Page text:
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Re: No 'self life' of packages.

On 10/11/11 18:56, Dominic Amann wrote:
On 09/10/2011 12:48 PM, Robert Wolfe wrote:

Well if you are using this in a production environment, it's kinda crazy to use the testing version.  Also, if you aren't happy with what's available prepackaged, you could always download the source code to what you want and build your own package.  As far as updating, if you are using the testing build, then updating often is, IMO, a good idea.  If anything to keep up with all the latest bug fixes and feature enhancements/additions. 

Debian stable too old?  That's a matter of opinion.  I'd rather run stable on a production box than testing (although I do have two production boxes running each -- stable for day to day stuff that people use for reliability and a production testing box for those that like to use bleeding edge -- both of which have mirrored/replicated data using GlusterFS).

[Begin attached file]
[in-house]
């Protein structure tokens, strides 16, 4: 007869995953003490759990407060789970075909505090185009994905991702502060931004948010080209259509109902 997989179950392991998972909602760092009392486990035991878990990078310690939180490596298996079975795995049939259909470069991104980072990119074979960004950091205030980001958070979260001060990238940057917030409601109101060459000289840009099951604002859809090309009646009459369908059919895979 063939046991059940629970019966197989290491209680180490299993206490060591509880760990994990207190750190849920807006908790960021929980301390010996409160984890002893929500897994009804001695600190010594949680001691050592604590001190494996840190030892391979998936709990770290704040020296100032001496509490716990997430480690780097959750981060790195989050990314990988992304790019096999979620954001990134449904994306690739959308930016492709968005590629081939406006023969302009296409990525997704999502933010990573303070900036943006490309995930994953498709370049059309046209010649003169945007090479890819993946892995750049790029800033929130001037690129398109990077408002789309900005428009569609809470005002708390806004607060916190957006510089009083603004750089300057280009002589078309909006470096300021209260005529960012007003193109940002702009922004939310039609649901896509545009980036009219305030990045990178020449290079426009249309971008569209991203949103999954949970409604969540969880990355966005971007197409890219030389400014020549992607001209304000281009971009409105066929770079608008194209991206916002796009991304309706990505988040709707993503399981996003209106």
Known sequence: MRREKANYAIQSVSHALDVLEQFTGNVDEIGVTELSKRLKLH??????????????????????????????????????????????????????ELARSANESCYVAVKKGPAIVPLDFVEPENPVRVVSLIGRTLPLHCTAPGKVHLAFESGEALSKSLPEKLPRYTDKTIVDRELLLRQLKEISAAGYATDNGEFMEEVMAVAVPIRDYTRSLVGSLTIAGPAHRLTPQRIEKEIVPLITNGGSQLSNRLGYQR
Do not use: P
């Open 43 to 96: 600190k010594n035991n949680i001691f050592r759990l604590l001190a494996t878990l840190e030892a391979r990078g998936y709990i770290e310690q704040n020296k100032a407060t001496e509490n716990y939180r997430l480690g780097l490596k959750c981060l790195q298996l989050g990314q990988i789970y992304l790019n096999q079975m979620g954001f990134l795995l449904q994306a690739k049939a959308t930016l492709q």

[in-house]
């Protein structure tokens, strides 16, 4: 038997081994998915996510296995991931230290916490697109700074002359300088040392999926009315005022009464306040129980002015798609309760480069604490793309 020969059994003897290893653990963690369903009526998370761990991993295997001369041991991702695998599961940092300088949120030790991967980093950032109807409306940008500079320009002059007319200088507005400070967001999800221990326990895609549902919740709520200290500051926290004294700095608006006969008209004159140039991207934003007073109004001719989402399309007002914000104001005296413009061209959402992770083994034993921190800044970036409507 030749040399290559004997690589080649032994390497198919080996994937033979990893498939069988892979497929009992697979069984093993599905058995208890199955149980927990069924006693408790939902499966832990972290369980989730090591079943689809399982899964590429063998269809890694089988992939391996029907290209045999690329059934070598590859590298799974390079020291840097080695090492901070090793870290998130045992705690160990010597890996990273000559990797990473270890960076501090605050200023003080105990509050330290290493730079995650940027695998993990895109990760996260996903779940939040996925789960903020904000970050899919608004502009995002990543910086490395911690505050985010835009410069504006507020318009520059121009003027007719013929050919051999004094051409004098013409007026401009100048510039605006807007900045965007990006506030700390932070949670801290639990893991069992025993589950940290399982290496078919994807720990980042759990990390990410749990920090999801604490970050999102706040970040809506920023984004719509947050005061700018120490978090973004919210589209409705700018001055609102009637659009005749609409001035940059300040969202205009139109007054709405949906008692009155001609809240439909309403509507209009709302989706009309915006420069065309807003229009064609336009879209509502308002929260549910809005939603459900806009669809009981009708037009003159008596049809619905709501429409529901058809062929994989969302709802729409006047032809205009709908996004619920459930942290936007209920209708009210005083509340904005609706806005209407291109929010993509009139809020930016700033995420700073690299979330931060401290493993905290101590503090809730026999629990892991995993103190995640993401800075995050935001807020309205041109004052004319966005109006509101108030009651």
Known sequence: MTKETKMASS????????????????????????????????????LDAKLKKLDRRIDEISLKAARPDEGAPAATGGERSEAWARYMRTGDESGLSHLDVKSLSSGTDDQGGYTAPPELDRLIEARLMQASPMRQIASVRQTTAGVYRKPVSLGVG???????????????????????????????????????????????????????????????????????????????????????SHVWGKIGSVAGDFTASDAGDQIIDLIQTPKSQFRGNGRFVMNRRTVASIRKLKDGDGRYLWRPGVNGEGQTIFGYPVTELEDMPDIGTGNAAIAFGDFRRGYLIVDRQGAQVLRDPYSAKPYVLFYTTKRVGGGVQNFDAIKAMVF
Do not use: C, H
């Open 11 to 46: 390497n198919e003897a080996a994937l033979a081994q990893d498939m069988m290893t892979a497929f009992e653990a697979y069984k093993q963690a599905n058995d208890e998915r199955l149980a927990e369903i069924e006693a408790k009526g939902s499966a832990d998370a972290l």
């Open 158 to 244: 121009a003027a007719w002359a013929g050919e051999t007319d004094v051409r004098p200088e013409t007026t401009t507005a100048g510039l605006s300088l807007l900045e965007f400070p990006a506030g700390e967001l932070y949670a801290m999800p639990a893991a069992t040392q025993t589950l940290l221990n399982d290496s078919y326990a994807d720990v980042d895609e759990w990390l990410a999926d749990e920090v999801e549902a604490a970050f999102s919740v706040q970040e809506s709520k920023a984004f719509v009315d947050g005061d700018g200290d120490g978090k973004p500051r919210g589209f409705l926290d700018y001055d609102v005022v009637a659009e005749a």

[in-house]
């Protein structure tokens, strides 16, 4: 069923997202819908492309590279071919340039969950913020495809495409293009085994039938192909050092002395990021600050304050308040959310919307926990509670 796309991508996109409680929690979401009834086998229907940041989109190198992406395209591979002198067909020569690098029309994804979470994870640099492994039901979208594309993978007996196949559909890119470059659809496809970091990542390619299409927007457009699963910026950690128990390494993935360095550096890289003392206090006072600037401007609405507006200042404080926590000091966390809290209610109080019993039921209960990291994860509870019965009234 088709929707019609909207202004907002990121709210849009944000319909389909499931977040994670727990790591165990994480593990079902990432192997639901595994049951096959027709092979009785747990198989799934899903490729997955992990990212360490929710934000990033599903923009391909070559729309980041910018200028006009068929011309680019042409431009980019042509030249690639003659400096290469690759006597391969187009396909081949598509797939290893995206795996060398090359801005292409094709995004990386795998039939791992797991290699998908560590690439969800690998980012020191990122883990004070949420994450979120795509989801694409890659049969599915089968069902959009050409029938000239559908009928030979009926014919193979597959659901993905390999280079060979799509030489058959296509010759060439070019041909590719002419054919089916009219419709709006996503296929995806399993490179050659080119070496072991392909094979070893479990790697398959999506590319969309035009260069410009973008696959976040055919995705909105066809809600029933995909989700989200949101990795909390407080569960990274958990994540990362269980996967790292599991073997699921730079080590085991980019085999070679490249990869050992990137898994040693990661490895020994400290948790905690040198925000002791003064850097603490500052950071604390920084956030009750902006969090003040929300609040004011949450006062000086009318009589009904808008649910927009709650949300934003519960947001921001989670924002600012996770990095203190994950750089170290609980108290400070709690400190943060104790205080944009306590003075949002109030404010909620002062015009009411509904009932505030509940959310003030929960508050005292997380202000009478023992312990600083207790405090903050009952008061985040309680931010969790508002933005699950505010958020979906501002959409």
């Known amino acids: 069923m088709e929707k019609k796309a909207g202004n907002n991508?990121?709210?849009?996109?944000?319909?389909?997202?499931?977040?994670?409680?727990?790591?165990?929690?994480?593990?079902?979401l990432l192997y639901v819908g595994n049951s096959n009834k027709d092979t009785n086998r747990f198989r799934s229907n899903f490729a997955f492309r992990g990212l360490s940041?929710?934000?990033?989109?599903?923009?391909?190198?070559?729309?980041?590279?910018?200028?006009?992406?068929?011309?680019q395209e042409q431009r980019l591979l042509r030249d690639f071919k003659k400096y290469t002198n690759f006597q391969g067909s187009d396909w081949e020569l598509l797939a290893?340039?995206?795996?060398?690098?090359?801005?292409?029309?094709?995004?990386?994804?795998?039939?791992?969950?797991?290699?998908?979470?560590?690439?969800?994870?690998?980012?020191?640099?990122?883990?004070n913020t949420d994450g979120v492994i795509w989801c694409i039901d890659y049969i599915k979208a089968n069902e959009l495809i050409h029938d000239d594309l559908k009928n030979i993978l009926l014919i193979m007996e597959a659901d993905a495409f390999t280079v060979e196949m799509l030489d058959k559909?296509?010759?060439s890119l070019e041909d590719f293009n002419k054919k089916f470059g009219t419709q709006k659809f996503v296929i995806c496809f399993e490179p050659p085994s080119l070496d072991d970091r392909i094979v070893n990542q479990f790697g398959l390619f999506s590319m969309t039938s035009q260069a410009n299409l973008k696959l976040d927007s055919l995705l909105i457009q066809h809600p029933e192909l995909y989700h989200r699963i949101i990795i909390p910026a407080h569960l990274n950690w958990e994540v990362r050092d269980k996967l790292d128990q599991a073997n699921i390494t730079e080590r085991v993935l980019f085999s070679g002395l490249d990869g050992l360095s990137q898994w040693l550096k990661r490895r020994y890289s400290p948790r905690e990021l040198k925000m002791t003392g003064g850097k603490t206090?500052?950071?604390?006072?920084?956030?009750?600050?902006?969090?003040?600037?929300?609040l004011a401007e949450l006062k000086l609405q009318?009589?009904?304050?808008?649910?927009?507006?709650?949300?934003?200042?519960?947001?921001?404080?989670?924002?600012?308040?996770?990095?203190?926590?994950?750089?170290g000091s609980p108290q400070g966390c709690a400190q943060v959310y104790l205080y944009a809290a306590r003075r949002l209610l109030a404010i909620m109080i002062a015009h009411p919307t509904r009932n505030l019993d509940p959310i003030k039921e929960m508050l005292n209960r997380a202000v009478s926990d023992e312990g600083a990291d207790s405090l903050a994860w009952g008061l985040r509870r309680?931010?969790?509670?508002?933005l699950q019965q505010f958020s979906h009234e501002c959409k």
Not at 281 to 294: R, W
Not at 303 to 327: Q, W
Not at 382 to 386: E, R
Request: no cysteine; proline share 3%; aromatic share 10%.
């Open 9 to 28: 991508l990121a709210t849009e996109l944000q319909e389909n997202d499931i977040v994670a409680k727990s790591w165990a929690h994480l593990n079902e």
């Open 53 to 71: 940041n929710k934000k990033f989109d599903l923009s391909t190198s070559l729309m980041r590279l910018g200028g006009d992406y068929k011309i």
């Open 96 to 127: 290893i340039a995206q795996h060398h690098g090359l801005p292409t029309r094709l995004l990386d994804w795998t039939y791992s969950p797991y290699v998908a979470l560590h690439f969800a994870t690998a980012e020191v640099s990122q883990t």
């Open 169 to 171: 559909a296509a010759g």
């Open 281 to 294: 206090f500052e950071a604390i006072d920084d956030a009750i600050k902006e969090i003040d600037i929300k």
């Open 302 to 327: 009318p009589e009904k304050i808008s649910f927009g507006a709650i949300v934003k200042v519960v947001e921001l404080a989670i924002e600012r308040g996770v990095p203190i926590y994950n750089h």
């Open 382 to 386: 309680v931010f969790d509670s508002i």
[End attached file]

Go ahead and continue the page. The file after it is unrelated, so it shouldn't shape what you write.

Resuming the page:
The original poster addressed all of your points in advance - stable IS TOO OLD for win/mac migrants. Their expectations are much higher in terms of versions of such basic things as internet and e-mail.

Downloading the source code and building is EXACTLY WHAT LINUX IS INFAMOUS FOR in the world of Win/Mac users. The whole point of a distro is to provide pre-built packages of everything they are likely to need in an easy to use fashion.

Updating often is something thing that Windows is infamous for. 700 MB downloads of updates in a month old system does appear disconcerting (to say the least) to a new Linux user.

The truth here is that Debian is not necessarily very well suited to novice desktop users, or even many power users. It is wonderful as the basis for many other excellent distributions that favour end users more, such as Ubuntu, and Mint, either of which I would recommend to the novice Win/Mac user. Both of which include much newer application software in their current incarnations, but use the current Debian kernel and package management system.

Dominic Amann
M 416-270-4587
QA of Ubuntu is too bad, Mint is basically the same thing. So I have only Debian at hand but I was also working about OpenSuse.

Anyway, I'm trying out Stable for this purpose, and also checked out apt pinning, but it's not much useful. Backports of Iceweasel/Chromium is missing for e.g. and they're horribly outdated.

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